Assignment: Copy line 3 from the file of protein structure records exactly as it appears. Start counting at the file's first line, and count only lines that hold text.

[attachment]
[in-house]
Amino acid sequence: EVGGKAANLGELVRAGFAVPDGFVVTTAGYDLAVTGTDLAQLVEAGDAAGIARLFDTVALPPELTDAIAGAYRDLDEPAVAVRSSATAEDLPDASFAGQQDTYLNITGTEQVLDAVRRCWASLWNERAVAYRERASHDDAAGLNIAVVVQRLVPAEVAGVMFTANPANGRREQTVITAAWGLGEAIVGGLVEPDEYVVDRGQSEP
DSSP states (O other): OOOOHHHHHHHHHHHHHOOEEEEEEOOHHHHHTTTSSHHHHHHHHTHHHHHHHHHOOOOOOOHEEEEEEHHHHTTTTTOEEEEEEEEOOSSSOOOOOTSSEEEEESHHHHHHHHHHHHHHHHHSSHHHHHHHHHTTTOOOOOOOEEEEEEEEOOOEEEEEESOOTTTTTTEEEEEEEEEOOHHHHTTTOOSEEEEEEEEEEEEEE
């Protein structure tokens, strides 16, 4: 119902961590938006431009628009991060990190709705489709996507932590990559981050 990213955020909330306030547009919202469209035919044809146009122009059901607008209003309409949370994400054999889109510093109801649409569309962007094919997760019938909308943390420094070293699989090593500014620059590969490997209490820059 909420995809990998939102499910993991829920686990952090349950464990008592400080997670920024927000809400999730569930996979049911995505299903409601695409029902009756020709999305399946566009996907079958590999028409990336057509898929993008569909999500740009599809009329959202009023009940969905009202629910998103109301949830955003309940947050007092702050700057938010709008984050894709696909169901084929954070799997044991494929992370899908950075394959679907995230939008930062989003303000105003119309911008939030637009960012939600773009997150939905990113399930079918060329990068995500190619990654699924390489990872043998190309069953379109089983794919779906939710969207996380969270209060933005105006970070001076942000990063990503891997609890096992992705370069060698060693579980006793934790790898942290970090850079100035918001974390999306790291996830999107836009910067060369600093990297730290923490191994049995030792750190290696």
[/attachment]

DSSP states (O other): OOOOHHHHHHHHHHHHHOOEEEEEEOOHHHHHTTTSSHHHHHHHHTHHHHHHHHHOOOOOOOHEEEEEEHHHHTTTTTOEEEEEEEEOOSSSOOOOOTSSEEEEESHHHHHHHHHHHHHHHHHSSHHHHHHHHHTTTOOOOOOOEEEEEEEEOOOEEEEEESOOTTTTTTEEEEEEEEEOOHHHHTTTOOSEEEEEEEEEEEEEE